You might have seen Cecilia Haddad’s name in the news in the past few months.
First, and tragically, her body was found in the Lane Cove River in April 2018 and police suspect she was murdered by her ex-lover, Mario Santoro, who has now been arrested in Brazil and whose extradition by Australia was refused.
Second, Ms Haddad’s estate has been the subject of unusual and tragic proceedings.
It is the latter reason that we discuss here.
A marriage that has ended but has not been finalised at law
Ms Haddad was married to Felipe Torres while they lived in Brazil. She and Mr Torres both worked in the mining industry. Mr Torres lives in Perth, and the couple, who reportedly separated in 2016, reached a property settlement to divide their marital assets between them late last year in the Family Court of Western Australia.
At the time of her death, Ms Haddad lived in Ryde and steps had been taken to dissolve her marriage to Mr Torres in Brazil but not in Australia. Ms Haddad obviously intended that the property settlement in the Family Court would finalise her financial separation from Torres. But Ms Haddad did not have a will and this caused her family a lot of additional grief.
A grieving father tries to recover his daughter’s estate
Following Ms Haddad’s death, her father, Jose Haddad, applied to the Supreme Court of NSW (the Supreme Court) for letters of administration. The grant of administration was made so Mr Haddad could call-in and preserve Ms Haddad’s assets, which are valued in the vicinity of $1.8 million.
But, somewhat controversially, Mr Torres came forward and claimed that he remained Ms Haddad’s husband and was therefore, under intestacy laws, entitled to receive Ms Haddad’s entire estate. Mr Torres’s claim was initially contested by Mr Haddad on the basis that the couple had separated and divorce proceedings were on foot in Brazil. However, Mr Haddad conceded soon after filing his proceedings that Mr Torres and Ms Haddad were legally married at the time of Ms Haddad’s death and therefore Mr Torres remained Ms Haddad’s spouse and sole beneficiary of her estate.
On these facts, the outcome for Mr Torres in respect of his claim is hard to swallow. But he has the law behind him.
A deceased person’s spouse is ordinarily entitled to the estate of the deceased
Under the intestacy laws in the Succession Act 2006 (NSW) (the Act), if a person dies without a will and is married or in a de facto relationship and doesn’t have children, then their spouse is entitled to the whole of the deceased’s estate, absent any other valid claims.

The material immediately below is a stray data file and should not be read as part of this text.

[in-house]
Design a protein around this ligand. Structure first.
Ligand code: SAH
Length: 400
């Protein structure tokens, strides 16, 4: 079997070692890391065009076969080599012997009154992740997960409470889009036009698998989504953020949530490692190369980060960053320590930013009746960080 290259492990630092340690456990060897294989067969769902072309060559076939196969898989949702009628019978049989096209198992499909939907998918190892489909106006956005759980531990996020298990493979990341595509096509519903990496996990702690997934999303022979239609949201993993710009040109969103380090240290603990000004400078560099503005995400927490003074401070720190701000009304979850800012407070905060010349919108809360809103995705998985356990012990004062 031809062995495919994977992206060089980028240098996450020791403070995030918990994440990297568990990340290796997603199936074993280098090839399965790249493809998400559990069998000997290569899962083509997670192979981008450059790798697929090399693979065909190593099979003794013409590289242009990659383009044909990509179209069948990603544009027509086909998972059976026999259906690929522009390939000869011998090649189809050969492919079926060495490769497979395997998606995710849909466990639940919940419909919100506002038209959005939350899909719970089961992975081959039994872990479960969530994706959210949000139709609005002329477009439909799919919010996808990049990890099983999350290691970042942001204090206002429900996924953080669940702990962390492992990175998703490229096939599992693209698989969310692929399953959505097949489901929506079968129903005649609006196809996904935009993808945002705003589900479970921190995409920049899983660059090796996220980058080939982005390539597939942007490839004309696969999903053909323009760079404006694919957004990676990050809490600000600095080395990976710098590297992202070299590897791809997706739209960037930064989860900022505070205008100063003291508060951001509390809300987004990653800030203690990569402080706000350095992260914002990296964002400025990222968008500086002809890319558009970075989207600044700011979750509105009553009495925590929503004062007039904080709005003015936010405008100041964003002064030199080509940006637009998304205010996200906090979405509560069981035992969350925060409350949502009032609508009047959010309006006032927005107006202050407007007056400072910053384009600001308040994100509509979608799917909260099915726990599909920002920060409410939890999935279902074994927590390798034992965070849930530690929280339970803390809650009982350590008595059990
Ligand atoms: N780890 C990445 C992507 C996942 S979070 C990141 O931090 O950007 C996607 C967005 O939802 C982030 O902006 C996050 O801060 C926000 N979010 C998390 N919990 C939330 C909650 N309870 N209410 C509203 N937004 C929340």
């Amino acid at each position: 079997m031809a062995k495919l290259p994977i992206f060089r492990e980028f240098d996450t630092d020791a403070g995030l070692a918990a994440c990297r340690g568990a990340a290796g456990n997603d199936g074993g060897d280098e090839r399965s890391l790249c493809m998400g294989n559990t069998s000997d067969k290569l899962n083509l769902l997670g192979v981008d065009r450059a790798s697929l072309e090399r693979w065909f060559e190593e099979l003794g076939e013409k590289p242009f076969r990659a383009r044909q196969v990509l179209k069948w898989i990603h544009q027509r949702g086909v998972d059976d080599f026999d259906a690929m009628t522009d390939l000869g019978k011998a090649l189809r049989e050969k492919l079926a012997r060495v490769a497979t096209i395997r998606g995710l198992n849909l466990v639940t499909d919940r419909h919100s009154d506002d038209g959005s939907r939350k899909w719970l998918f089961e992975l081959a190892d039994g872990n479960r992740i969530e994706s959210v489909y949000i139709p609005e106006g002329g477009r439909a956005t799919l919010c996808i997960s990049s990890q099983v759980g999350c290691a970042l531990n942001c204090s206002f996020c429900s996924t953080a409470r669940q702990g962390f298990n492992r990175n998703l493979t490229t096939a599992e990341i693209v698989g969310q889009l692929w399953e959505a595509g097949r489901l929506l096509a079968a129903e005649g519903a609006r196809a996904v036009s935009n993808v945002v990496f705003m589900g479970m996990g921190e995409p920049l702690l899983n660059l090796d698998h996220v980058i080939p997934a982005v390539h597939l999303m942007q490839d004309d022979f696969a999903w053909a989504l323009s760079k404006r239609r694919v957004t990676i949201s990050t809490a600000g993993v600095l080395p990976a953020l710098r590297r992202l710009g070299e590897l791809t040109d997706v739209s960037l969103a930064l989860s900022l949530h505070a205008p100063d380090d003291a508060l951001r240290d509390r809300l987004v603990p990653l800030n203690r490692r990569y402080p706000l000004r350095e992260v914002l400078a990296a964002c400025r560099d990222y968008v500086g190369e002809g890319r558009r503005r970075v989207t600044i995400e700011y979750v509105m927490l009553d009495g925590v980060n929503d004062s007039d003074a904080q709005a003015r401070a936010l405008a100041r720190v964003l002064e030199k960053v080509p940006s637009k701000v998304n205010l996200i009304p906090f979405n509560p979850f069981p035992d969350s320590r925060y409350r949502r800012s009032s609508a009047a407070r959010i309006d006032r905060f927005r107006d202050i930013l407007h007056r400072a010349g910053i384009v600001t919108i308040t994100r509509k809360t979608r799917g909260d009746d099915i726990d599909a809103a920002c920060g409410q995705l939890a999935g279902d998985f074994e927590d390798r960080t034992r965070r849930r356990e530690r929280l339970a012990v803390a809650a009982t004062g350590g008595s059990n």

So what then for Ms Haddad’s father? Well, Mr Haddad may be able to make a family provision claim if he can show he was dependent on Ms Haddad. But, on the facts, that may be hard to prove.
Mr Torres has also recently received the benefits of Ms Haddad’s life insurance policy.
The alleged killer’s rights over the estate
There is potentially a further complication to this already complex situation.
Mario Santoro, Ms Haddad’s former boyfriend, is the prime suspect in respect of Ms Haddad’s murder. Reports indicate the relationship lasted 10 years. Mr Santoro also lived with Ms Haddad for some time prior to her death.
If Mr Santoro is acquitted of the murder charge and he can show that he and Ms Haddad were in a de facto relationship at the time of her death, or at least that he was a dependant member of her household, he may also have a claim on Ms Haddad’s estate. And even if Mr Santoro cannot show that his relationship with Ms Haddad continued until her death, he may still have the opportunity to make a family provision claim on her estate because the Act former spouses are considered eligible persons, as are people who are or have been dependant on the deceased person and who live or have lived in the same household as the deceased person.
But if Mr Santoro is convicted of Ms Haddad’s murder, the rule known as the ‘Forfeiture Rule’ is triggered to bar his claim on her estate.
If you are contemplating divorce or currently in family law proceedings, this is what you should do to protect your estate from claims such as Mr Torres’s claims over the Haddad estate:
If you were married overseas and want a divorce, evidence separation from your former partner by documenting separation in a separation notice to your former partner, and begin divorce proceedings in Australia as soon as possible.
Draft a will or update your existing will as soon as you separate from your partner and consider severing them from any entitlement to your estate.
Contact your superannuation fund and nominate a new beneficiary of your superannuation.
If you apply for your divorce (or a de facto property settlement) in an Australian court, ensure there are mutual releases with respect to estate claims.
Call our family law and estate teams if you have questions about relationship breakdowns and estates on 9519 3088 or email us at firstname.lastname@example.org